Update: Greg Mortenson replies much more in depth in this article here. People should be harping on the guy who "co-authored" the book, it seems to me.
Steve Kroft and 60 Minutes ran a critical piece on Greg Mortenson tonight. I care because I just wrote a review of the book. The accusations boil down to the following:
1. While his achievements are incredible, not all of his stories are true. Some stories in Three Cups are fabricated or wildly exaggerated and there is evidence that some schools are in disrepair or weren't built by Mortenson.
2. The Central Asia Institute has only had one fully public audit of its books in the last 20 years.
3. Only 41% of Central Asia Institute spending goes to actual school-building. Much of the rest goes to U.S. promotion. The proceeds of Mortenson's books to go Mortenson and not CAI.
4. Mortenson declined on multiple occasions to be interviewed by 60 Minutes.
Mortenson and the CAI have responded on their website. My own response to each point above:
1. The book's co-author states in the Foreword that Mortenson gave him an enemies list to interview, and that many people had problems with Mortenson's style and lack of accountability in certain areas. So, there's not much of a story to me there. Several journalists have visited Mortenson's schools and vouched for his stories, helping propagate his message. So, we know it's not all lies.
One of his accusers in the 60 Minutes piece makes the point that thousands of children have been educated and that Mortenson "isn't a Bernie Madoff." But there are instances where witnesses can't corroborate his stories, say he's lying, and where Mortenson claims to have built more schools than he has. For example, in one war-torn province of Afghanistan Mortenson claimed to have built 11 schools. The actual number is supposedly three. Even his accuser notes that building any schools in that region was an incredible feat. But there are many places in Three Cups where Mortenson admits to not knowing how many schools he's actually built or is supporting. There's a lot of information missing about how thorough 60 Minutes investigation was. Given it'd be in one of the most physically and politically hostile environments on earth, I wonder how big the budget was for this piece.
I mentioned in my post that it took a huge leap of faith to believe the profundity of the villagers Mortenson conversed with was being accurately translated, or that Mortenson had the language skills to engage in the in-depth sorts of conversations he was involved in. Some parts of the book mention a translator, or difficult English, or state he was slowly learning, etc.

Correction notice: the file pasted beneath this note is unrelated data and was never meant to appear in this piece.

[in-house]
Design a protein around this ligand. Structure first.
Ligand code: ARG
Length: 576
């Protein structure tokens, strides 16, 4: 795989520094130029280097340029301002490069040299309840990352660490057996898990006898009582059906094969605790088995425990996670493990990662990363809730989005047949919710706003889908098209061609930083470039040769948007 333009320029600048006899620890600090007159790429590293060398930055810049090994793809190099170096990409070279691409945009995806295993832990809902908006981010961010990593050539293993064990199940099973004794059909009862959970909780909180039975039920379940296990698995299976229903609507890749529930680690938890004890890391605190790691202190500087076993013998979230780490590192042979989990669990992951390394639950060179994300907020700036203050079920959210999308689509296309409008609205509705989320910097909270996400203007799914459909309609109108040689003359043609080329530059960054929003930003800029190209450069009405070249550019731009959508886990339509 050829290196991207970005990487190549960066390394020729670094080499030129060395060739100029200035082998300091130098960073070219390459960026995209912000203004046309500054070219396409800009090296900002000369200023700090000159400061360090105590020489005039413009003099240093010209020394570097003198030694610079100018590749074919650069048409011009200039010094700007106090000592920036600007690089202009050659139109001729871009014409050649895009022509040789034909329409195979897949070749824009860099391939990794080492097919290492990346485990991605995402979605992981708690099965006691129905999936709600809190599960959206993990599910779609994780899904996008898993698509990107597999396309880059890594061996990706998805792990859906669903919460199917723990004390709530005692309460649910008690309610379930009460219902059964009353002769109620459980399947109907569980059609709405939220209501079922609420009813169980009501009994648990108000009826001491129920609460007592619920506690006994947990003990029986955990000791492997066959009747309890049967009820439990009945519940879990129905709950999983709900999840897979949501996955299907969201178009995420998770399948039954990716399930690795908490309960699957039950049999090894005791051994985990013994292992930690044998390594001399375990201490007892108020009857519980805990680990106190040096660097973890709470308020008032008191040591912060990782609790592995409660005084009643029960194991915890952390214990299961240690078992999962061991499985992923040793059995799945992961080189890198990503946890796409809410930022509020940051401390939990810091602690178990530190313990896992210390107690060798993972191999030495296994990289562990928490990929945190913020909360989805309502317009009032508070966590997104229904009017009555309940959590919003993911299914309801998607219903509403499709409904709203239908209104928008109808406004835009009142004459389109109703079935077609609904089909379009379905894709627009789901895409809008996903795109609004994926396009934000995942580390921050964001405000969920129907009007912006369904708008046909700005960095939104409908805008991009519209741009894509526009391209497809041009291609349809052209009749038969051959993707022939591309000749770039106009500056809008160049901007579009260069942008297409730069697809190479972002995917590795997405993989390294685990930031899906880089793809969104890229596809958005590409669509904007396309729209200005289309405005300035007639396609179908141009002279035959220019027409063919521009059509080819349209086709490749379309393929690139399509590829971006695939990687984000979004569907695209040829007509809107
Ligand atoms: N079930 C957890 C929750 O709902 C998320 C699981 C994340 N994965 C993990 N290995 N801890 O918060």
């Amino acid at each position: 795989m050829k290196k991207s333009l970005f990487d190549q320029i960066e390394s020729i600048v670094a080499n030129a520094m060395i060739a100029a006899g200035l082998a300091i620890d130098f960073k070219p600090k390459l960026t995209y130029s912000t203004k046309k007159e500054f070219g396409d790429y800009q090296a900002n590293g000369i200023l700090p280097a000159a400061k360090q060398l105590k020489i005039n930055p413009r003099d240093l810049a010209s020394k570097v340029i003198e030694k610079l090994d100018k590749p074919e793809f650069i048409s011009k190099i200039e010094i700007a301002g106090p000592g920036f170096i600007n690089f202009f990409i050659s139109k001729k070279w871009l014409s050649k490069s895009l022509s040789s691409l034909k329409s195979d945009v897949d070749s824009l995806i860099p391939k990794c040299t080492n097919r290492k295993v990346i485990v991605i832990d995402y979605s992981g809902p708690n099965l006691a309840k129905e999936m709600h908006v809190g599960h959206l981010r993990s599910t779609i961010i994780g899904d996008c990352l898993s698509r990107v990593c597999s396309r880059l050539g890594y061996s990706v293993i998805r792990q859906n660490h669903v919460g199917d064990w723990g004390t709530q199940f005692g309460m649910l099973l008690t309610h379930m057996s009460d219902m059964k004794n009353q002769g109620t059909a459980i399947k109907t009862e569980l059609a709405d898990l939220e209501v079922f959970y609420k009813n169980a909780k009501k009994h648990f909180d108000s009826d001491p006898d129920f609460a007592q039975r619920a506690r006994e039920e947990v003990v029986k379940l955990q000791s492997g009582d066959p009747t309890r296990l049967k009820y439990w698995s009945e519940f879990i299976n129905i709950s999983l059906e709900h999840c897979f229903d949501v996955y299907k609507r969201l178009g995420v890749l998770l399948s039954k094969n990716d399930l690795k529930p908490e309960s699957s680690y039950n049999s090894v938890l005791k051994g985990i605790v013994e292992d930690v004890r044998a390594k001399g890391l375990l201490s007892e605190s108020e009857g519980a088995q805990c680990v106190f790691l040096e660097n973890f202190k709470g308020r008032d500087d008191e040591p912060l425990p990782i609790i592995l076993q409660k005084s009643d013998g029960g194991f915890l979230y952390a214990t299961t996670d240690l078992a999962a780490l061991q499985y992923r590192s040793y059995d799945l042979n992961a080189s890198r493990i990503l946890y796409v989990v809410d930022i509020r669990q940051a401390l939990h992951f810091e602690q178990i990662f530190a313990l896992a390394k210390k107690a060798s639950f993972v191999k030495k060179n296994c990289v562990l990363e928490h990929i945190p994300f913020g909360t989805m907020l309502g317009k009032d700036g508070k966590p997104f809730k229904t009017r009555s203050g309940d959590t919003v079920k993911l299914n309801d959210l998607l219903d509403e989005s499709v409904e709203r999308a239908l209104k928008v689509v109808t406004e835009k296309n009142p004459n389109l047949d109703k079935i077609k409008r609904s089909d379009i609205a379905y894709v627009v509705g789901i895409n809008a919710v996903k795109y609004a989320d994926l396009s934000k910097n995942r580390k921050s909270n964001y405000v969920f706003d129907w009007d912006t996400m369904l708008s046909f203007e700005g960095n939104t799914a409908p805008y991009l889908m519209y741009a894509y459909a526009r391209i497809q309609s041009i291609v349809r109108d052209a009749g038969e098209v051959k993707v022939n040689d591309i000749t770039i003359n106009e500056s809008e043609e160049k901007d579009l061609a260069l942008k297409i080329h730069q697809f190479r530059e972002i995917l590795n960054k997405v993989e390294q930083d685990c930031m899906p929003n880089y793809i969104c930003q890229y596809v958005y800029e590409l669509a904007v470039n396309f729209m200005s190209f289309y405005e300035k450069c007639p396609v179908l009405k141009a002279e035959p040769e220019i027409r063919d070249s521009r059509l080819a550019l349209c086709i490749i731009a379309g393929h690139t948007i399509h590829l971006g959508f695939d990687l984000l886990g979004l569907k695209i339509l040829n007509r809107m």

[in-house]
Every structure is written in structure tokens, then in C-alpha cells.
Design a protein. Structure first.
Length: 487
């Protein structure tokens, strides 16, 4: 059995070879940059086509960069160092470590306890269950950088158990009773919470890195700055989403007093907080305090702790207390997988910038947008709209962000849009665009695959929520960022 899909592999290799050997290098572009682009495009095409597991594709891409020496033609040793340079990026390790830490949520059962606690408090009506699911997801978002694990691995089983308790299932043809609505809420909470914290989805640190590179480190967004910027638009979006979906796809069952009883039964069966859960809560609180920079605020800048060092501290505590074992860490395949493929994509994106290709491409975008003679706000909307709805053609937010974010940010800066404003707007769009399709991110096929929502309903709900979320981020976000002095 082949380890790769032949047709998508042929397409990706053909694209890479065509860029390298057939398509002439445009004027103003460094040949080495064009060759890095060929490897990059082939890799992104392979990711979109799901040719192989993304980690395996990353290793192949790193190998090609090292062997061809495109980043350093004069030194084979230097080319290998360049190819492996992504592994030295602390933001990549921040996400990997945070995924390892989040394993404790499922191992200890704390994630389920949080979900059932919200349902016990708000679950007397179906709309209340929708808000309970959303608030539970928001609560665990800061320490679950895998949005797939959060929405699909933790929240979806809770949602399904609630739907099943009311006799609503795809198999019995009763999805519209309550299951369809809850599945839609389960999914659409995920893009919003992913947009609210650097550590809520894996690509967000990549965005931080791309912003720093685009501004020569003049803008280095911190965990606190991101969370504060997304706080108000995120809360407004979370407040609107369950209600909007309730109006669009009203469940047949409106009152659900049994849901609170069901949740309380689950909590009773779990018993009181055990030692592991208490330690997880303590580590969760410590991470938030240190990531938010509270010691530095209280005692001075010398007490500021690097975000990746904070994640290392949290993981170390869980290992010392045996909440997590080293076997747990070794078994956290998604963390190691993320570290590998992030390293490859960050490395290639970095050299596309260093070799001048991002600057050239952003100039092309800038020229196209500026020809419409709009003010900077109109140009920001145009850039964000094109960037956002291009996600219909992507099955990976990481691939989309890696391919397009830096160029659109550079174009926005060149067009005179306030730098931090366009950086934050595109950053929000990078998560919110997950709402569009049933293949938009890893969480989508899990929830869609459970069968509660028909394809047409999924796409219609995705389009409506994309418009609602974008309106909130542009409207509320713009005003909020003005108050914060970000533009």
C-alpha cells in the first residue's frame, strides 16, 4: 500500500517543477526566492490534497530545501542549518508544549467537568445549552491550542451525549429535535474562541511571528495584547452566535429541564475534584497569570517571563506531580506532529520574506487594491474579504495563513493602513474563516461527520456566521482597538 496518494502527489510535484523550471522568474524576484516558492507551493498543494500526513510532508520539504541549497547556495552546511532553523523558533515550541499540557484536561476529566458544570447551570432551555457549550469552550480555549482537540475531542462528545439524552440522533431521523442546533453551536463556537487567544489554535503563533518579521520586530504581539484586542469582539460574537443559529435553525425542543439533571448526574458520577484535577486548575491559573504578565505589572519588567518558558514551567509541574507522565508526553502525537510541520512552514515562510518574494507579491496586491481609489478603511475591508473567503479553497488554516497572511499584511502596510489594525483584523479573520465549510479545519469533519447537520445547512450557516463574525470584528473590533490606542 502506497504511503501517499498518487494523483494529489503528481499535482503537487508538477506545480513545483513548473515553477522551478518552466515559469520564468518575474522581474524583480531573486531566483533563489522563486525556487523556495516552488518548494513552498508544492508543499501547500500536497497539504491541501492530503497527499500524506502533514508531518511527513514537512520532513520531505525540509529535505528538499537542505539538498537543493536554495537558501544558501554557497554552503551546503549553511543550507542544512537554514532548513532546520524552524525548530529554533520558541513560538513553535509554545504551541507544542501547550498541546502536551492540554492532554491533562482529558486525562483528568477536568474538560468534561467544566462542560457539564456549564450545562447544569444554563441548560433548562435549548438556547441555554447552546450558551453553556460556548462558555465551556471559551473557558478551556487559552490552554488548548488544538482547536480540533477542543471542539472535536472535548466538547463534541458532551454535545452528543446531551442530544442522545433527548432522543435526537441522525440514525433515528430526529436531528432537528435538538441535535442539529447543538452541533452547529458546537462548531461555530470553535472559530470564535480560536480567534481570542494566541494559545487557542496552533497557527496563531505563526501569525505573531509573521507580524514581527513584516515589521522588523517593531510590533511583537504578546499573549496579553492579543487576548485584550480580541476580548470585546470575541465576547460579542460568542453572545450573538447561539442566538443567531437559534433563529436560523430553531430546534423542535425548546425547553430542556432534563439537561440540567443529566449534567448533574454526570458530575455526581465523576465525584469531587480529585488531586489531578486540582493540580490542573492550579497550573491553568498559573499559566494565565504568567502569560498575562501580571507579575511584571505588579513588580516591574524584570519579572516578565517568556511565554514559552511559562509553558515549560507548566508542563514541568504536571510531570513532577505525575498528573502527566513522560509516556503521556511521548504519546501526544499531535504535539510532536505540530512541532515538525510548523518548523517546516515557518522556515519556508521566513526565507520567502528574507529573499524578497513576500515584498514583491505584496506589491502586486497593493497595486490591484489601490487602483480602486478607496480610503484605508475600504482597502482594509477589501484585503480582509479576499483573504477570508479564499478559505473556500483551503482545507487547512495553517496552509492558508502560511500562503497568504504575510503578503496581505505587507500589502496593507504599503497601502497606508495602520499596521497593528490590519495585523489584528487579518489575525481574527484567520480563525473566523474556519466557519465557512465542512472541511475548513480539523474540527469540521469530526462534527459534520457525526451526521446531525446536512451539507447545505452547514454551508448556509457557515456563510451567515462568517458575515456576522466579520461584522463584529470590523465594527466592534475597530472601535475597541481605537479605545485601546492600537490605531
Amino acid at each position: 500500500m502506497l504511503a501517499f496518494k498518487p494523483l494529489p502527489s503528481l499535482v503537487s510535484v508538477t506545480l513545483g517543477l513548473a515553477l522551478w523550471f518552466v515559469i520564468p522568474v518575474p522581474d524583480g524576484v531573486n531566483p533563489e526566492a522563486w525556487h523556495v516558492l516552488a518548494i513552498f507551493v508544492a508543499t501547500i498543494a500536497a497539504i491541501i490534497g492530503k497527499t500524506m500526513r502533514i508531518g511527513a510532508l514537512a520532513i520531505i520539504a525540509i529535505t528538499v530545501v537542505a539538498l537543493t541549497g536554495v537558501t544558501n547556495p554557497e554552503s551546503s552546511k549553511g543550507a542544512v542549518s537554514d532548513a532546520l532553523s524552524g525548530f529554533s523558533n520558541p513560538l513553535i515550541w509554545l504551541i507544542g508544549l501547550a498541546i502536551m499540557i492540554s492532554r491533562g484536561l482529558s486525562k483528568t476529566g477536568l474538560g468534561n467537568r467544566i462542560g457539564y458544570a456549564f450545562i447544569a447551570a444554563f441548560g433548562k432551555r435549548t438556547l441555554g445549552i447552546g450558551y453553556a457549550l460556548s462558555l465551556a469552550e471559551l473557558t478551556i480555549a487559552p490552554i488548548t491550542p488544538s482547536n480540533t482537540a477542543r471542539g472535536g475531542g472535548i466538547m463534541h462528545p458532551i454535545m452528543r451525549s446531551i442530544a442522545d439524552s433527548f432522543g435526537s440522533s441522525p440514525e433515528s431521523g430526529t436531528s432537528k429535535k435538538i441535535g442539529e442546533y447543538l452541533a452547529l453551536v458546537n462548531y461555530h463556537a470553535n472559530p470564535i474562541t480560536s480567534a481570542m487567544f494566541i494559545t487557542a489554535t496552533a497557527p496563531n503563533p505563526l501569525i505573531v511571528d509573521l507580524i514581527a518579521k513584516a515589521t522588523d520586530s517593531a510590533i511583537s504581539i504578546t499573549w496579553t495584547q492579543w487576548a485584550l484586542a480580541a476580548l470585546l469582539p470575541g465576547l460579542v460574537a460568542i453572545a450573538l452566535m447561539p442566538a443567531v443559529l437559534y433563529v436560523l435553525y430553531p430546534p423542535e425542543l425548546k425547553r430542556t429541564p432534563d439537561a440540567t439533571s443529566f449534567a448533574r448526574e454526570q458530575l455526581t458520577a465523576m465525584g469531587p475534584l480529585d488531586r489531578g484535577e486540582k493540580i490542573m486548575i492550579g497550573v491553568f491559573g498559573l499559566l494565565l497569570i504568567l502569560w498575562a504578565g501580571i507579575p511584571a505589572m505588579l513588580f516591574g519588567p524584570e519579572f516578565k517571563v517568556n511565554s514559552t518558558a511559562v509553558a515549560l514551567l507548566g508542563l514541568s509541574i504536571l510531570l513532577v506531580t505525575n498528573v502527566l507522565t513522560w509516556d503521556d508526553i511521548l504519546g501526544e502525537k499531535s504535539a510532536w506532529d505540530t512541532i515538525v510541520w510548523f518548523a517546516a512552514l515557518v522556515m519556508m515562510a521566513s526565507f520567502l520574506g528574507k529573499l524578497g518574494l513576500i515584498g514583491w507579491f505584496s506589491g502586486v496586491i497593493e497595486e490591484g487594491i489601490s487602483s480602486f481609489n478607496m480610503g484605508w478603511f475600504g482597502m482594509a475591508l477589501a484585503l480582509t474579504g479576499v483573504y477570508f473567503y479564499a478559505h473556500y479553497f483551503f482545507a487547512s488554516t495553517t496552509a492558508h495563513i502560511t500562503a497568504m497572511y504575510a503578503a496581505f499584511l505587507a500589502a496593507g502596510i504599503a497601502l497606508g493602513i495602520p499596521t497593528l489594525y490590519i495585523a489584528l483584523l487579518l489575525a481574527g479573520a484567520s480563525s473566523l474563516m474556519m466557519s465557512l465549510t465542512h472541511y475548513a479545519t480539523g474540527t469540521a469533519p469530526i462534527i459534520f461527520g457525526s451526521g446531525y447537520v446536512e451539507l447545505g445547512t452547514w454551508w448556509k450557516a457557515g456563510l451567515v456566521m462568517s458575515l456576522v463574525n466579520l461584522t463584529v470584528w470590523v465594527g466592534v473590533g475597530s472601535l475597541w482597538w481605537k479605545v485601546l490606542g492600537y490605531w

Mortenson has done something no one else has been or is willing to do. He's got to be a little bit nuts. I've known otherwise intelligent people who repeat falsehoods they fully believe are true, and I believe this is Mortenson's problem. If the way he's a little nuts is that he's sort of a compulsive liar, I'm okay with that. Because if there weren't thousands of children in schools run by his foundation to prove his story, and accolades from many journalists and government officials who've been there, then I'd say 60 Minutes was onto something. Quibbling about details of how he stumbled on Korphe seems silly. It seemed 60 Minutes was really relying/piggybacking on the work that Jon Krakauer did while writing his own yet-unpublished slam piece. I will read it when it's printed.
2. I agree this is problematic, but some of the murkiness of expenses is understandable. Mortenson flies off to Pakistan and disappears and doesn't track every receipt. Okay. His board can't reign him in or fire him because he is the CAI (Three Cups talks with board members who quit over Mortenson's antics).
3. CAI was paying Mortenson less than $30,000 a year for several years, barely enough to live on with his family (this went unmentioned by 60 Minutes). It doesn't surprise me that they decided he should keep his royalties and live off of them. CAI reports that Mortenson has donated large sums of his proceeds back to the organization and gives a full accounting to 60 Minutes' questions. (I think some of 60 Minutes questions are laughable.)
No charity sees 100% of its revenue go to its cause. If it costs $2,500 to build a school in Pakistan and $2,500 to fly across the U.S. to do a fundraiser, of course 50% of your expenses are going to be for U.S. promotions. The 41% number doesn't have a benchmark next to it. How do other charities measure up? No mention by 60 Minutes.
4. The guy lives like a recluse half the time, but I agree it's a bit odd given that he's been interviewed by many media outlets that he'd dodge 60 Minutes. Here is Mortenson's response to 60 Minutes' questions. Supposedly 60 Minutes didn't send the questions until last week. He stands by his Korphe story and I wouldn't totally discount his comments about Balti language.
Did Steve Kroft read either of the books? I doubt it from how he talked in the piece.